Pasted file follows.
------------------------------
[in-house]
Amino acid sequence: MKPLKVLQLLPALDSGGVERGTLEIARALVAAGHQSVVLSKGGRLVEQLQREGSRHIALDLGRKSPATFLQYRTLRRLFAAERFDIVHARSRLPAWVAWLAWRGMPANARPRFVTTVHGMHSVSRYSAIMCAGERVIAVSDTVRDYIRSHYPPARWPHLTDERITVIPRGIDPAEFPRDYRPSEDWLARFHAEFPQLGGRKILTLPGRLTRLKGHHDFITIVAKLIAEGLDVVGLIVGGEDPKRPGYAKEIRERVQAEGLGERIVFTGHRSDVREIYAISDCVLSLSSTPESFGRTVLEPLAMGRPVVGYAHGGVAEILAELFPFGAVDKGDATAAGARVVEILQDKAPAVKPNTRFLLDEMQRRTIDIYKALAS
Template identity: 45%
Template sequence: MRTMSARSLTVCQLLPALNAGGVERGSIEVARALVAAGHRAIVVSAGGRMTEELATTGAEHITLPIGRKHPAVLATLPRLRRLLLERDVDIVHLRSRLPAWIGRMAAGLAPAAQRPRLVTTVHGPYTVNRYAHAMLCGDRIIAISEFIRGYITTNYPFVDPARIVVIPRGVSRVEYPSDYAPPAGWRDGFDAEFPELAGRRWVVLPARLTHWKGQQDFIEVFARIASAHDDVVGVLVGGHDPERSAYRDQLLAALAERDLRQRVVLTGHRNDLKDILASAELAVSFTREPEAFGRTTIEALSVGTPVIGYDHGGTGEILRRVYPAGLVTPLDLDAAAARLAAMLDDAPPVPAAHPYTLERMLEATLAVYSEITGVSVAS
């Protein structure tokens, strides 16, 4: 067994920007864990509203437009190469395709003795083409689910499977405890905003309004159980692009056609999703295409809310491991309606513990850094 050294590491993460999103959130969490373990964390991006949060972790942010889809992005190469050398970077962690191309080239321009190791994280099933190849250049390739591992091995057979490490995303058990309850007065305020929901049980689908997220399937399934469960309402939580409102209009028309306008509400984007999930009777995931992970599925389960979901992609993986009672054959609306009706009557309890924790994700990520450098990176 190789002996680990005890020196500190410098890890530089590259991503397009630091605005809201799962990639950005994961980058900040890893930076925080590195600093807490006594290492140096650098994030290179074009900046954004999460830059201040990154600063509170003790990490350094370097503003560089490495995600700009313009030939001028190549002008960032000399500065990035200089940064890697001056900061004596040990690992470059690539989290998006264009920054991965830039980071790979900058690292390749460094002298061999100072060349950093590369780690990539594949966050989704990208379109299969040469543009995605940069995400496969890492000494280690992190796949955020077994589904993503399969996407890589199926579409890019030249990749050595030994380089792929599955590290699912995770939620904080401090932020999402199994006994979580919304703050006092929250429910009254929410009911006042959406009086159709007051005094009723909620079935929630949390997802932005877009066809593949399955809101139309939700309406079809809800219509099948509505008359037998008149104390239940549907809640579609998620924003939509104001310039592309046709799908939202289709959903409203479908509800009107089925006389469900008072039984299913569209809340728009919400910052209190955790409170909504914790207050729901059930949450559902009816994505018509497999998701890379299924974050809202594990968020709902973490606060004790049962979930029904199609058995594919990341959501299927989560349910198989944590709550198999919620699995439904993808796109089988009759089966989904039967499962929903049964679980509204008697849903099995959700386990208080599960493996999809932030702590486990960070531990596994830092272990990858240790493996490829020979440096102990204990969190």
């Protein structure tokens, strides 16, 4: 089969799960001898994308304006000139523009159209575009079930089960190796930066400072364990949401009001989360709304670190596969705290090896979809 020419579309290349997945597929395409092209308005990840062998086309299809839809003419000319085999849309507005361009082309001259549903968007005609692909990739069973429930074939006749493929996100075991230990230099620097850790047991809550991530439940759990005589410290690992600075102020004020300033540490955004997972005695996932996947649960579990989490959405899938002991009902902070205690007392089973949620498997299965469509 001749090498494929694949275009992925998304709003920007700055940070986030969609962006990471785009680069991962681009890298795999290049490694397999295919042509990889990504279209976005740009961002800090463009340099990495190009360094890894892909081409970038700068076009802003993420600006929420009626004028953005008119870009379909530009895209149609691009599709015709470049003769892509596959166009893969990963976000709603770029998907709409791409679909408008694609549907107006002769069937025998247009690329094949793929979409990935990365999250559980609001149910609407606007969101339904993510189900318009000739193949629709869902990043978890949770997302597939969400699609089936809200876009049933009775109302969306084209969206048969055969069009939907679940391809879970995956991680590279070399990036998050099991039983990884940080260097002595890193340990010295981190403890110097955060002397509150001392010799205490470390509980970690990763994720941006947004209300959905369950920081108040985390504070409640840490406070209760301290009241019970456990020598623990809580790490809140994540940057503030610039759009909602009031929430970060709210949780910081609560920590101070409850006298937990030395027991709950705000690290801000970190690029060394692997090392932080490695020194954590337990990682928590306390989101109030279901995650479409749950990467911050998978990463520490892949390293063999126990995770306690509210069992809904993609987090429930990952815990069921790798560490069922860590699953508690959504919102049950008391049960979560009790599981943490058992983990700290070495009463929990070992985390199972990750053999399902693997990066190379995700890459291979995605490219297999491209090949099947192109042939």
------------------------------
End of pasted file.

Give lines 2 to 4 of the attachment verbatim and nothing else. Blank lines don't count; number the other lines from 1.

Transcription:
Amino acid sequence: MKPLKVLQLLPALDSGGVERGTLEIARALVAAGHQSVVLSKGGRLVEQLQREGSRHIALDLGRKSPATFLQYRTLRRLFAAERFDIVHARSRLPAWVAWLAWRGMPANARPRFVTTVHGMHSVSRYSAIMCAGERVIAVSDTVRDYIRSHYPPARWPHLTDERITVIPRGIDPAEFPRDYRPSEDWLARFHAEFPQLGGRKILTLPGRLTRLKGHHDFITIVAKLIAEGLDVVGLIVGGEDPKRPGYAKEIRERVQAEGLGERIVFTGHRSDVREIYAISDCVLSLSSTPESFGRTVLEPLAMGRPVVGYAHGGVAEILAELFPFGAVDKGDATAAGARVVEILQDKAPAVKPNTRFLLDEMQRRTIDIYKALAS
Template identity: 45%
Template sequence: MRTMSARSLTVCQLLPALNAGGVERGSIEVARALVAAGHRAIVVSAGGRMTEELATTGAEHITLPIGRKHPAVLATLPRLRRLLLERDVDIVHLRSRLPAWIGRMAAGLAPAAQRPRLVTTVHGPYTVNRYAHAMLCGDRIIAISEFIRGYITTNYPFVDPARIVVIPRGVSRVEYPSDYAPPAGWRDGFDAEFPELAGRRWVVLPARLTHWKGQQDFIEVFARIASAHDDVVGVLVGGHDPERSAYRDQLLAALAERDLRQRVVLTGHRNDLKDILASAELAVSFTREPEAFGRTTIEALSVGTPVIGYDHGGTGEILRRVYPAGLVTPLDLDAAAARLAAMLDDAPPVPAAHPYTLERMLEATLAVYSEITGVSVAS